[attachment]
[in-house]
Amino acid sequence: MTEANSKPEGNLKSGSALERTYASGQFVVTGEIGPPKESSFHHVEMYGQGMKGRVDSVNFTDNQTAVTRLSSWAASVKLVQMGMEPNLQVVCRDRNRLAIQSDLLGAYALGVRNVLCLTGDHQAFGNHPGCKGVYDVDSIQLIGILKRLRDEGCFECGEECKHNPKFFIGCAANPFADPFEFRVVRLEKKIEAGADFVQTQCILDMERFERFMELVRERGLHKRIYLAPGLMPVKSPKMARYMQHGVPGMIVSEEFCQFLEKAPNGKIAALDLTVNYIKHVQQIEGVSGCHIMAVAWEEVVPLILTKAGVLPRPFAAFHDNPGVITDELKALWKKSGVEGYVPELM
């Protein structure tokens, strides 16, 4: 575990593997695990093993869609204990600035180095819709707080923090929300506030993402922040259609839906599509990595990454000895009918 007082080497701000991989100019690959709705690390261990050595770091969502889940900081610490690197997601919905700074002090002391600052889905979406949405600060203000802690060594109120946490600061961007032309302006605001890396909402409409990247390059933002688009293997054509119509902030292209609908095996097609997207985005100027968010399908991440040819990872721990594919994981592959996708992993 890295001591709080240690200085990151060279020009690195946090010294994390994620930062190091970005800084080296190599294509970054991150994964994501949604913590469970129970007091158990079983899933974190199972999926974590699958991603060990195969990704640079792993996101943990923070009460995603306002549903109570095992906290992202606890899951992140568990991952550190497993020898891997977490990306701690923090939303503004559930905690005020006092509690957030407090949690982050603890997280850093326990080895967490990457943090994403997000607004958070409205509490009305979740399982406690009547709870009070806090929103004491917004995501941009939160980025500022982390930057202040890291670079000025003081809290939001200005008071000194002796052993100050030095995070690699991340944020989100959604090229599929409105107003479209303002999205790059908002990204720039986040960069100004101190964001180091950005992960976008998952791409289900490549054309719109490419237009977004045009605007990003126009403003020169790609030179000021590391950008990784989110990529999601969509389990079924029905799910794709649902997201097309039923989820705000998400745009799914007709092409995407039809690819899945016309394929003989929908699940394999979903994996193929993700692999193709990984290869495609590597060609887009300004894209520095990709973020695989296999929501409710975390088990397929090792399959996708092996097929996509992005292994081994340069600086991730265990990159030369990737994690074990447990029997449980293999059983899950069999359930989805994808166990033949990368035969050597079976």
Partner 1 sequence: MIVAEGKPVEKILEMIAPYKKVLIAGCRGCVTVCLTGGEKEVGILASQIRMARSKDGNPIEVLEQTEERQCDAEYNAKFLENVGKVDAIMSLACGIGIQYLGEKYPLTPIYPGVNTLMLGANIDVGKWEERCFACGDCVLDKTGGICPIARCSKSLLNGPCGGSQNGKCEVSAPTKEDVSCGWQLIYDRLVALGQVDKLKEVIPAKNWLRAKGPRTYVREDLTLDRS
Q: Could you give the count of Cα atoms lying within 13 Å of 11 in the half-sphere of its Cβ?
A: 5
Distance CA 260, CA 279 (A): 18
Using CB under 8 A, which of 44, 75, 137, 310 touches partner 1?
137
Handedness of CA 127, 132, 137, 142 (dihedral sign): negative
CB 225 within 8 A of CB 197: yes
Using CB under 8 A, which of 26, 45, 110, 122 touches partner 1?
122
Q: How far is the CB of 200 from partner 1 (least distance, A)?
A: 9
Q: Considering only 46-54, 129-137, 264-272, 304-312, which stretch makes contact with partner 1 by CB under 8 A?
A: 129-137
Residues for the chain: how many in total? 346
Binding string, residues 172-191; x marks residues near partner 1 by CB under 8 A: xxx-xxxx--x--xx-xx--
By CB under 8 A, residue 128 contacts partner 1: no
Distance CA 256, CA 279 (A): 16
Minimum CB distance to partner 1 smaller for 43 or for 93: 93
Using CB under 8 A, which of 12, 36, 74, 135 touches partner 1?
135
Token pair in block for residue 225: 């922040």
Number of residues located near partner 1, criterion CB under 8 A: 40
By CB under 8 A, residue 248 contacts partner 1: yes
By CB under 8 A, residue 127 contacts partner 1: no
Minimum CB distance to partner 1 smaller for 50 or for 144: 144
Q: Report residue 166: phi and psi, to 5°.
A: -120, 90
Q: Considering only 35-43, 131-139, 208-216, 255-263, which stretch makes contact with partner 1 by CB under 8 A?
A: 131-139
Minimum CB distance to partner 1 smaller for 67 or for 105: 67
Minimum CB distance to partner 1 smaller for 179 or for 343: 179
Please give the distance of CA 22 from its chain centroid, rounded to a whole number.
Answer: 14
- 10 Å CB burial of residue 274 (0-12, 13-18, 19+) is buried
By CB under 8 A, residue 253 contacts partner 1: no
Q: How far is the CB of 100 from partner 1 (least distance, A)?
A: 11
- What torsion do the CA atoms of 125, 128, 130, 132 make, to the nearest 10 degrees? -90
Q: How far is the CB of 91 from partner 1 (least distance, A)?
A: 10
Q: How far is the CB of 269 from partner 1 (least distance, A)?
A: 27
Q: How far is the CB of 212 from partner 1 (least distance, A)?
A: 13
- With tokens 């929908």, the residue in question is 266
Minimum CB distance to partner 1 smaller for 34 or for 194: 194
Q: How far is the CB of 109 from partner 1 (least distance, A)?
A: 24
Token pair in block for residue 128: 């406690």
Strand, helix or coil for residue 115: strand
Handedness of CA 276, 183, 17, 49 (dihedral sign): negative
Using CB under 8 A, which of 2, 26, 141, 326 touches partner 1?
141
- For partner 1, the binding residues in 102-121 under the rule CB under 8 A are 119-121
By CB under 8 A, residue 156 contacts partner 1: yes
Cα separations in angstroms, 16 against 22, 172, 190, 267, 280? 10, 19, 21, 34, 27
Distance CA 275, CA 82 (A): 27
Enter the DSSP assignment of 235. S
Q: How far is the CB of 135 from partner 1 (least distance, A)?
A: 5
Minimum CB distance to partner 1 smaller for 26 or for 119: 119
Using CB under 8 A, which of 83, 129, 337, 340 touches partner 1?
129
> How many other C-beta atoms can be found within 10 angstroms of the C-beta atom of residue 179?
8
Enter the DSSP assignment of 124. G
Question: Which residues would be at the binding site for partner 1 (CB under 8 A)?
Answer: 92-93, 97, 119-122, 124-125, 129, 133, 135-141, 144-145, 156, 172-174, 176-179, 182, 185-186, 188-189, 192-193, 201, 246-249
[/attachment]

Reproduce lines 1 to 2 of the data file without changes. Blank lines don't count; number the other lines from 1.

[in-house]
Amino acid sequence: MTEANSKPEGNLKSGSALERTYASGQFVVTGEIGPPKESSFHHVEMYGQGMKGRVDSVNFTDNQTAVTRLSSWAASVKLVQMGMEPNLQVVCRDRNRLAIQSDLLGAYALGVRNVLCLTGDHQAFGNHPGCKGVYDVDSIQLIGILKRLRDEGCFECGEECKHNPKFFIGCAANPFADPFEFRVVRLEKKIEAGADFVQTQCILDMERFERFMELVRERGLHKRIYLAPGLMPVKSPKMARYMQHGVPGMIVSEEFCQFLEKAPNGKIAALDLTVNYIKHVQQIEGVSGCHIMAVAWEEVVPLILTKAGVLPRPFAAFHDNPGVITDELKALWKKSGVEGYVPELM